Disability Network Oakland and Macomb’s Center for Independent Living is located at 709 John R Road in Troy.

Disability Network Oakland and Macomb’s Center for Independent Living is located at 709 John R Road in Troy.

Photo by Jonathan Shead

Disability Network pens letter requesting vaccine priority for disabled Michiganders

By: Jonathan Shead | Metro | Published February 23, 2021


METRO DETROIT — A letter of appeal requesting that disabled Michiganders, and their caregivers, be prioritized for the COVID-19 vaccine has been sent to Gov. Gretchen Whitmer’s and the Michigan Department of Health and Human Services’ offices.

The letter was sent by Disability Network Michigan and its 15 centers for independent living, including Disability Network Oakland and Macomb, across the state. DNM serves 1.9 million disabled residents across the state. Last year, the Oakland and Macomb office served 1,100 disabled individuals.

According to a press release, the letter requested that state officials review their current vaccine distribution policies to allow the prioritization of all people ages 16-64 with disabilities to be changed from phase 1C to 1B, whether they reside in congregate care or not.

“It’s our responsibility to bring visibility to disability,” Disability Network Oakland and Macomb Community Relations Director Chip Werner said. “The biggest concern we have is addressing those folks who are living with comorbidities, who need that access to care and prevention. That’s really the big driving focus we have behind this mission right now.”

According to the Centers for Disease Control and Prevention, people might be at increased risk of contracting an illness, like COVID-19, if they have limited mobility or are unable to avoid close contact with others who may be infected; they have trouble understanding information or practicing preventative measures; or they can’t communicate the symptoms of an illness they’re experiencing.

Prioritizing the vaccine for those living with disability is only half the battle, DNOM Associate Director Amy Maes said.

“It goes beyond the high risk category that so many of the individuals we serve are in, but also the idea that there’s caregivers who these individuals rely on to come into their home every single day, and there’s no choice,” she said. “There’s really that dynamic of care that also complicates and creates an urgency in this situation.”

Work is being done at the state level to help combat some of these issues, DNOM Executive Director Kelly Winn added, but groups like caregivers and parents have yet to be addressed.

“We’ve had a very active voice, and we’re seeing tremendous gains made. We just want to call attention to the fact that we do have this community that does need additional services,” Werner said.

The letter also called for the MDHHS to provide funding for grassroots vaccine outreach and education that would allow local centers for independent living to promote and help Michiganders receive the vaccine.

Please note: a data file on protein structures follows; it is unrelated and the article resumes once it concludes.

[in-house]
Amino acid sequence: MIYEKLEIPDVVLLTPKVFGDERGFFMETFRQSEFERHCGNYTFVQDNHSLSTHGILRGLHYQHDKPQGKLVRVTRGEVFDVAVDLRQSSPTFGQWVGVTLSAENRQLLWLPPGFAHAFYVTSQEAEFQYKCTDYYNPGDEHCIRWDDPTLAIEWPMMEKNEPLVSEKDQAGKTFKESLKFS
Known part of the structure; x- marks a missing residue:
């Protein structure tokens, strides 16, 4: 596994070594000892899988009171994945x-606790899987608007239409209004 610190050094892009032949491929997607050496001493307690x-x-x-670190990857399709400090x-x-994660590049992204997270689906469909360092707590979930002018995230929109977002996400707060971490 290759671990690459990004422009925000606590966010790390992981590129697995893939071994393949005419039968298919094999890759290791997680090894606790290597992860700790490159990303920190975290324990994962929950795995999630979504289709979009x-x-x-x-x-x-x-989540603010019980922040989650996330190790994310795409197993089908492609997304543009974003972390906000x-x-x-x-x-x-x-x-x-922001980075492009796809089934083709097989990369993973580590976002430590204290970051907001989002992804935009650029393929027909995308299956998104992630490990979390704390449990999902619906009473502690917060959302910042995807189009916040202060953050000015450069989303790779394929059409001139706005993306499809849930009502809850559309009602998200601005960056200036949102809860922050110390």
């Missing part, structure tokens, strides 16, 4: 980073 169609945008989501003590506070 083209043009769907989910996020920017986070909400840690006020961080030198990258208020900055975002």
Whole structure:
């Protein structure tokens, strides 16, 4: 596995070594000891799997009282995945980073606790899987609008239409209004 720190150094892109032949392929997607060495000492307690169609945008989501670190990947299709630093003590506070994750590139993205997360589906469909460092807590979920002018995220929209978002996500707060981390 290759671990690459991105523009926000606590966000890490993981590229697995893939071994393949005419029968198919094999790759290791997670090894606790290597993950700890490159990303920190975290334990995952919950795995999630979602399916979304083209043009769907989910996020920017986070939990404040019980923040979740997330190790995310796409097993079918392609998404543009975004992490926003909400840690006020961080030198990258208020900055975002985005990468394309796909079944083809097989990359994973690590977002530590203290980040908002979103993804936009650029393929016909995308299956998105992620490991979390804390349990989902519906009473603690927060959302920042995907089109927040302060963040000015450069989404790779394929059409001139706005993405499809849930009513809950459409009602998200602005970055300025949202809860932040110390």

One example of this outreach and education will be DNOM’s upcoming tele-town halls, taking place in March, which will help disabled people and their caregivers to understand the various changes in how COVID-19 is being handled and the new safety recommendations being passed down, like wearing two masks, as well as to dispel myths about the vaccine, inform why the vaccine is important and teach about herd immunity.

The tele-town halls will be held in partnership with Oak Street Health and PACE Southeast Michigan.

In February, MDHHS Chief Medical Executive Dr. Joneigh Khaldun announced the state would begin a new program March 1 to enhance the state’s vaccine equity strategy.

“Workers in higher risk agricultural settings have been adversely impacted by this pandemic. We also know that we need to remove barriers to vaccine access for our most vulnerable individuals in Michigan, including those with disabilities, lower income, and racial and ethnic minorities,” Khaldun said in a statement.

“These steps will allow our federally qualified health centers across the state to begin ... and will prioritize vaccine allocation to partnerships and providers who are removing barriers to access. This strategy is important as we move forward with our goal to equitably vaccinate 70% of Michiganders over age 16 as quickly as possible.”

MDHHS Public Information Officer Bob Wheaten added, “We want to vaccinate everyone as quickly as we can, including people who are vulnerable, such as our residents with disabilities. Unfortunately, there is not enough vaccine available to vaccinate everyone as soon as we would like.”

According to current estimates, enough vaccinations for those eligible to receive the vaccine in phase 1C may not arrive until May 1. Will the changes made in March be enough to protect the 1.9 million higher risk disabled Michiganders and their caregivers? Maes doesn’t think so, but said it’s good to start somewhere.

“We are seeing light at the end of the tunnel, which is very hopeful, but that light is still a great distance away,” Werner added. “We have some work to do, and at this stage of the game, it’s really our responsibility now to bring attention to those folks who need additional care, especially when we’re looking at those caregivers.”

For more information, visit misilc.org/disability-network-oakland/macomb.